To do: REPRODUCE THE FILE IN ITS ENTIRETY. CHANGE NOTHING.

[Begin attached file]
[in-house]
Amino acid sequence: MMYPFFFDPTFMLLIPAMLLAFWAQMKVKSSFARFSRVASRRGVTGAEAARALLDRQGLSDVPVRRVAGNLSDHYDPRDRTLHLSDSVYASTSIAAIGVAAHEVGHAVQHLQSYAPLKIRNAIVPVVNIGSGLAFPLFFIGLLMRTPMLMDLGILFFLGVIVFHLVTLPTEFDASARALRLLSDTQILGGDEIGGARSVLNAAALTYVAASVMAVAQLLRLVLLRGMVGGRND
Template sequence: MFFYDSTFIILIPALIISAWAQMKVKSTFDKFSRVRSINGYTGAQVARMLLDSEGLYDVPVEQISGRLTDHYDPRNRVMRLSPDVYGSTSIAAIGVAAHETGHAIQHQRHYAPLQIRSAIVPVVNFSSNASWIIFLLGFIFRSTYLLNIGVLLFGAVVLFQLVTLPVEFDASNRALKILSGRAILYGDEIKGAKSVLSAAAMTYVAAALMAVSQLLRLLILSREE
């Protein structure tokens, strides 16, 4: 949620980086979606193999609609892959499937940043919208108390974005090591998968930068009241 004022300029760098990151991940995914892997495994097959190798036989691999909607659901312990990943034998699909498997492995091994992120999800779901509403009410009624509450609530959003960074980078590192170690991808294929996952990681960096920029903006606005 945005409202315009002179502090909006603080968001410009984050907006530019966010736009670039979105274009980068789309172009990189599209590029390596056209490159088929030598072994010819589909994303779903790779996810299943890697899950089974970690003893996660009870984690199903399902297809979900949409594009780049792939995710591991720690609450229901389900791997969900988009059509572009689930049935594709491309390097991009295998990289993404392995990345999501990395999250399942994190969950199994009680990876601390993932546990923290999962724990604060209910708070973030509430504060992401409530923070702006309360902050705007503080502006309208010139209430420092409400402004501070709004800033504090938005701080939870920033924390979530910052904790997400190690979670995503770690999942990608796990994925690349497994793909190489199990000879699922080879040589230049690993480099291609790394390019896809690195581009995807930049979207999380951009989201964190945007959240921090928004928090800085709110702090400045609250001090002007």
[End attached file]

[in-house]
Amino acid sequence: MMYPFFFDPTFMLLIPAMLLAFWAQMKVKSSFARFSRVASRRGVTGAEAARALLDRQGLSDVPVRRVAGNLSDHYDPRDRTLHLSDSVYASTSIAAIGVAAHEVGHAVQHLQSYAPLKIRNAIVPVVNIGSGLAFPLFFIGLLMRTPMLMDLGILFFLGVIVFHLVTLPTEFDASARALRLLSDTQILGGDEIGGARSVLNAAALTYVAASVMAVAQLLRLVLLRGMVGGRND
Template sequence: MFFYDSTFIILIPALIISAWAQMKVKSTFDKFSRVRSINGYTGAQVARMLLDSEGLYDVPVEQISGRLTDHYDPRNRVMRLSPDVYGSTSIAAIGVAAHETGHAIQHQRHYAPLQIRSAIVPVVNFSSNASWIIFLLGFIFRSTYLLNIGVLLFGAVVLFQLVTLPVEFDASNRALKILSGRAILYGDEIKGAKSVLSAAAMTYVAAALMAVSQLLRLLILSREE
């Protein structure tokens, strides 16, 4: 949620980086979606193999609609892959499937940043919208108390974005090591998968930068009241 004022300029760098990151991940995914892997495994097959190798036989691999909607659901312990990943034998699909498997492995091994992120999800779901509403009410009624509450609530959003960074980078590192170690991808294929996952990681960096920029903006606005 945005409202315009002179502090909006603080968001410009984050907006530019966010736009670039979105274009980068789309172009990189599209590029390596056209490159088929030598072994010819589909994303779903790779996810299943890697899950089974970690003893996660009870984690199903399902297809979900949409594009780049792939995710591991720690609450229901389900791997969900988009059509572009689930049935594709491309390097991009295998990289993404392995990345999501990395999250399942994190969950199994009680990876601390993932546990923290999962724990604060209910708070973030509430504060992401409530923070702006309360902050705007503080502006309208010139209430420092409400402004501070709004800033504090938005701080939870920033924390979530910052904790997400190690979670995503770690999942990608796990994925690349497994793909190489199990000879699922080879040589230049690993480099291609790394390019896809690195581009995807930049979207999380951009989201964190945007959240921090928004928090800085709110702090400045609250001090002007």